Itron Inc. announced that National Grid, a supplier of electricity to about 3.4 million customers in the Northeast, has selected Itron’s smart grid solution which uses Cisco’s multi-application communications network for the utility’s 10,000 meter Smart Grid Pilot Program in Worcester, Mass.
This project adds to the successful 5,000-meter early field trial that started in February 2012 in Worcester. National Grid will begin deploying the full pilot in early 2013.
The expanded smart grid pilot program will leverage and build upon the smart grid infrastructure from the EFT. National Grid will also expand the IPv6 communication network based on Cisco’s GridBlocks architecture and Cisco Connected Grid routers.
Back office applications, including Itron’s meter data management, collection engine and reporting software, Cisco’s Connected Grid Network Management System, and other third party application software will continue to be provided through Itron’s cloud computing and Software as a Service (SaaS) offerings.
National Grid’s Smart Grid Pilot will evaluate the integration of home automation, dynamic pricing and distribution automation as a mechanism to improve service reliability and save customers money through increased energy awareness. The pilot will provide customers access to detailed energy usage information, which customers can access online, with cell phone apps or through a variety of technologies installed in homes and businesses.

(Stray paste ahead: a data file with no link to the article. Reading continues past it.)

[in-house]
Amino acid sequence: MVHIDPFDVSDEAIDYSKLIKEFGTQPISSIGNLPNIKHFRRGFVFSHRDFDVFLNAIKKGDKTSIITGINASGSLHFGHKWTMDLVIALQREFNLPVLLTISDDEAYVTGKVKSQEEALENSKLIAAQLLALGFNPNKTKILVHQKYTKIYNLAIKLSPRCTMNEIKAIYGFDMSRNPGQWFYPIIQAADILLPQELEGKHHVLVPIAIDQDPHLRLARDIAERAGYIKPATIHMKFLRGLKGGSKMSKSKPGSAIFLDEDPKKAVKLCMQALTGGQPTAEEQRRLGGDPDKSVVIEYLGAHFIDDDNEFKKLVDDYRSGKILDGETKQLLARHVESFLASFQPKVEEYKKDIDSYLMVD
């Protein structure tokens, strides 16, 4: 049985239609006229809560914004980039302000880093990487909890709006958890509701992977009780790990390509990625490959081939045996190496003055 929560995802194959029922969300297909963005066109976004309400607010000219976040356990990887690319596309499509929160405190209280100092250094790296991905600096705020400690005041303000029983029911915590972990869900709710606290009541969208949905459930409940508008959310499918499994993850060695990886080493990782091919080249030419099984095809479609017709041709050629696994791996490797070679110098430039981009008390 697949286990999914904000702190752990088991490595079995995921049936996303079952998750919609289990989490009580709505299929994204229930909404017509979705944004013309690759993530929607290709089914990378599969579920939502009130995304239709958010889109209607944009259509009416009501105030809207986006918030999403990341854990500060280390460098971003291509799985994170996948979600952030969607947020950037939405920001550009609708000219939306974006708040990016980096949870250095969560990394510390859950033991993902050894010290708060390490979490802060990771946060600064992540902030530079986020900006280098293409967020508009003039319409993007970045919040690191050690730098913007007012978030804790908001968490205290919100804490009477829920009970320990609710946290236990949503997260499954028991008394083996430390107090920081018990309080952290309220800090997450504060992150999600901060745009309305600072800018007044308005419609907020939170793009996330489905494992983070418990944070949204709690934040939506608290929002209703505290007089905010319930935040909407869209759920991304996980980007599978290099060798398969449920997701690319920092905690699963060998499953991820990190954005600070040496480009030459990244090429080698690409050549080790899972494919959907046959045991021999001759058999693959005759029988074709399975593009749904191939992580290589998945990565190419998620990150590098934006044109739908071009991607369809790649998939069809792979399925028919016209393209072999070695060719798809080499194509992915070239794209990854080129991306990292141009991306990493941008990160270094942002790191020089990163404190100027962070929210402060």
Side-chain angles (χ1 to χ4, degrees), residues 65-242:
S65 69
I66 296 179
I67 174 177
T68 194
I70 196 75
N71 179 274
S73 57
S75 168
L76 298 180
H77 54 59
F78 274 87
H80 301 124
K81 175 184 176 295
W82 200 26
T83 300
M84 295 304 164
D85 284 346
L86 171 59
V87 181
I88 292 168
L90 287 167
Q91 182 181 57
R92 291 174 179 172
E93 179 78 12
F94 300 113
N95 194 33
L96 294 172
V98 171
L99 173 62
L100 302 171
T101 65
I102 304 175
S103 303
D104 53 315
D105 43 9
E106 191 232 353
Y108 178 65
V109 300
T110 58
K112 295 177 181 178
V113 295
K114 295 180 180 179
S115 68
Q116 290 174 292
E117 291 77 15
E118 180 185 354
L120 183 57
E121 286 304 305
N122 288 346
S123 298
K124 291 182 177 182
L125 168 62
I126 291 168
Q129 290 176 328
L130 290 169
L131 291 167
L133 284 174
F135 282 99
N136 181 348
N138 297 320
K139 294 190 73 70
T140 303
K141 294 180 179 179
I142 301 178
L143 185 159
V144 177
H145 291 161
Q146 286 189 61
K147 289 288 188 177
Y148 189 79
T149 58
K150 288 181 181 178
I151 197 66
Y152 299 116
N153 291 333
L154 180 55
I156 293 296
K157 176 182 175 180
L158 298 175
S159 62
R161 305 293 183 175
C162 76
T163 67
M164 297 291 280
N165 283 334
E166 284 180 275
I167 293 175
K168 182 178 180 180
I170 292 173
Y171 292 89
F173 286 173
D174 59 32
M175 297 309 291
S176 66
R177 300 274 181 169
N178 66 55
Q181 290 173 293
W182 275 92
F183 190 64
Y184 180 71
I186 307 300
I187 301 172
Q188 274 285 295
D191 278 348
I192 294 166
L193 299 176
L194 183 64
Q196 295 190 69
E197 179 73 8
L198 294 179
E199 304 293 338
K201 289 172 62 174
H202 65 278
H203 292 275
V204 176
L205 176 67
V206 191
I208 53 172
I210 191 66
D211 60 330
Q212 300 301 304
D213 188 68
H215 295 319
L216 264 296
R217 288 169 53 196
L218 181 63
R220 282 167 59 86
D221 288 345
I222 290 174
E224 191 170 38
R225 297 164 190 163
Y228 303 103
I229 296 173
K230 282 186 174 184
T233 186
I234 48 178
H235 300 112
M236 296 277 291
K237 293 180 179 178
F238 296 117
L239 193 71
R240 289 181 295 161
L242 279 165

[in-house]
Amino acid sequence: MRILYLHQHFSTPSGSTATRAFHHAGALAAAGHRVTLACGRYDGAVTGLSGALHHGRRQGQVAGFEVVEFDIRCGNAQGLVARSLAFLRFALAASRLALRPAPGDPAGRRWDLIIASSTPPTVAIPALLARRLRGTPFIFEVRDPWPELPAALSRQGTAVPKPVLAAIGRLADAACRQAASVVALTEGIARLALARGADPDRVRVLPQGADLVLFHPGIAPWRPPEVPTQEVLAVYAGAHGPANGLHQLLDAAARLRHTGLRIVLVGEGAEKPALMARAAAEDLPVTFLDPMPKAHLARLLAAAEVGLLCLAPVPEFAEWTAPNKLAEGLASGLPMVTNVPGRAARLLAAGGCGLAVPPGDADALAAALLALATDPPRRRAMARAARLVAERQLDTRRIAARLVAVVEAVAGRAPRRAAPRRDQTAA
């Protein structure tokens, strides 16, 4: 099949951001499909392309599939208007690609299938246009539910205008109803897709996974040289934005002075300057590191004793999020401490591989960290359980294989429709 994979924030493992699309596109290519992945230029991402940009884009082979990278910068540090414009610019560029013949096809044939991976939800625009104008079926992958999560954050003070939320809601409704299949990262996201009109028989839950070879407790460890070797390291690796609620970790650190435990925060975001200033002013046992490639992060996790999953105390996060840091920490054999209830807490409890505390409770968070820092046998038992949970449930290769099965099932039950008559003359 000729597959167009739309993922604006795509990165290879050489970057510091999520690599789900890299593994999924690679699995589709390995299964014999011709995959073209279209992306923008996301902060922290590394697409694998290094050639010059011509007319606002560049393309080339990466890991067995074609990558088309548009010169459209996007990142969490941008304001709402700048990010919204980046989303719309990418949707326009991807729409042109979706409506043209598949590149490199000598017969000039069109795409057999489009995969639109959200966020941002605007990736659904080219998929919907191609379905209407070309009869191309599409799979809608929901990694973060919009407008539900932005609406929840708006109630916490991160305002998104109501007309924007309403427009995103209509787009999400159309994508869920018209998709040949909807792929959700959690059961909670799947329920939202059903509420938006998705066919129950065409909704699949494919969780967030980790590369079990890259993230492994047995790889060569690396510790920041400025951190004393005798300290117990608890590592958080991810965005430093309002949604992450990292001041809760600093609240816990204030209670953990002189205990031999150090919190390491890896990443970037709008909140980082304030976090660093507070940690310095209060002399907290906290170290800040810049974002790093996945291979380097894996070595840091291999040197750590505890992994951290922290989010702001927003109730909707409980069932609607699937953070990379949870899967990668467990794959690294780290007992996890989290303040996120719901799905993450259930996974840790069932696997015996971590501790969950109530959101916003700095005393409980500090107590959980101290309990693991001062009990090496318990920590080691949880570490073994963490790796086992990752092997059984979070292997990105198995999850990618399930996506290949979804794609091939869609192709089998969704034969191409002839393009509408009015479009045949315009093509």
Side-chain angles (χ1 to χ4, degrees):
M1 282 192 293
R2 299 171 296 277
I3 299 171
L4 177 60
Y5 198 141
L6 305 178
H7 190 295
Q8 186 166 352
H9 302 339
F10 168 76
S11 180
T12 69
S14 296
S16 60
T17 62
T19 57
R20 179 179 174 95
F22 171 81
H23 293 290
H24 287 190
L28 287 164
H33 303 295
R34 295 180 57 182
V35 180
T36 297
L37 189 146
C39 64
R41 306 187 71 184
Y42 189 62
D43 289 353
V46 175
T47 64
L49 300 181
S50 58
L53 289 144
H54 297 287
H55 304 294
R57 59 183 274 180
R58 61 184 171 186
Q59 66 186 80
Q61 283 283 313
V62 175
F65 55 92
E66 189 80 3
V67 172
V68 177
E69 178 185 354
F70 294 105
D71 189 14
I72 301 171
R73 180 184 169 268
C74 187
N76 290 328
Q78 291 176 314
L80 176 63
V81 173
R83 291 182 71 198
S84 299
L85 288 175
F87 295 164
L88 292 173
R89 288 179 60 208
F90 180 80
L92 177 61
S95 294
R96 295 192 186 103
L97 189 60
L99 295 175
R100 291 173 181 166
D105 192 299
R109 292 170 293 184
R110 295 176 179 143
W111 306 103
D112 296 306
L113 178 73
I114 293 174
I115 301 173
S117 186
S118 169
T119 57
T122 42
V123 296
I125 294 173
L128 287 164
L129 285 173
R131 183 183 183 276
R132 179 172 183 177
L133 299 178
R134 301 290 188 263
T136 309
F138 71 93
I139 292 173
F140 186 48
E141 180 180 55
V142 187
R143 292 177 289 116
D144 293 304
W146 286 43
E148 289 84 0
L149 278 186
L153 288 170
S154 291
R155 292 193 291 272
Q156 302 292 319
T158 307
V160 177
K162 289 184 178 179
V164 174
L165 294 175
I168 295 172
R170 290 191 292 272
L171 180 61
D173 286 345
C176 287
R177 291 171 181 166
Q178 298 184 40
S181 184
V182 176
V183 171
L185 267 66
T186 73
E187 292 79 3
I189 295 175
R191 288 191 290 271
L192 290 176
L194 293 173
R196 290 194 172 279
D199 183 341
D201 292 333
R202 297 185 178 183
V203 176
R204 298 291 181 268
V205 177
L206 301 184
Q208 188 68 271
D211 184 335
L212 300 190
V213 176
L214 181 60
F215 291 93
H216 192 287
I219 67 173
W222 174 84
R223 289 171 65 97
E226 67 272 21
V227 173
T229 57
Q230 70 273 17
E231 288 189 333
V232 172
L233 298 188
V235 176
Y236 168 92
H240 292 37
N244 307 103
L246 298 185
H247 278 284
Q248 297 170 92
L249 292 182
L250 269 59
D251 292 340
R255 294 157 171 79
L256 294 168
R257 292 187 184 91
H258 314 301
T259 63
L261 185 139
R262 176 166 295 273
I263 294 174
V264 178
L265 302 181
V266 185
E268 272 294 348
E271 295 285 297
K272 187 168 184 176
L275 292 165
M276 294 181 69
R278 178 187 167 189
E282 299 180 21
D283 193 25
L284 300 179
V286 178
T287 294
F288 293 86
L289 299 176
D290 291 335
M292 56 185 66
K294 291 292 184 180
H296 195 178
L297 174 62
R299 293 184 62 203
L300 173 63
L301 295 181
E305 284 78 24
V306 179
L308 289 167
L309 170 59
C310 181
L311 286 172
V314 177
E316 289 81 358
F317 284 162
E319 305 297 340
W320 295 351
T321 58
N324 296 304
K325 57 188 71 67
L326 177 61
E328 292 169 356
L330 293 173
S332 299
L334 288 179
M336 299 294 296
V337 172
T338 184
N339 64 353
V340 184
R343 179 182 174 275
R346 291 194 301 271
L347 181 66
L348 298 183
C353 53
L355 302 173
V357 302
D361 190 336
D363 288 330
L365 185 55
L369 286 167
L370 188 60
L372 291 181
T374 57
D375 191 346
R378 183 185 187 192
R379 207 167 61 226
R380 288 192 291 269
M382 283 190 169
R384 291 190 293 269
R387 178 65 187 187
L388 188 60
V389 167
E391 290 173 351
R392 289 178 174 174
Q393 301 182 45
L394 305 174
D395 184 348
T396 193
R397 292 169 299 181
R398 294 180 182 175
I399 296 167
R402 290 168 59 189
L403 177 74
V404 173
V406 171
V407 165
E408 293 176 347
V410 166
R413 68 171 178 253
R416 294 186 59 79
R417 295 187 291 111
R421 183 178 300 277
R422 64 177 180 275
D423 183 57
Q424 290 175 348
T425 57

During the EFT, Itron, Cisco and National Grid collaborated to test and demonstrate the capabilities of the new IPv6 communication network. This included operating multiple applications simultaneously over the IPv6 network composed of advanced metering, home area networking and distribution automation.
The field trial also successfully demonstrated remote and secure technology upgradability over the air, and network load balancing and monitoring. The smart grid communication network received high marks for end-to-end system reliability and resiliency where the network effectively recovered and rebalanced itself after simulated failures and outages. These capabilities were effectively used and further evaluated in supporting National Grid’s efforts to restore power in the wake of Hurricane Sandy.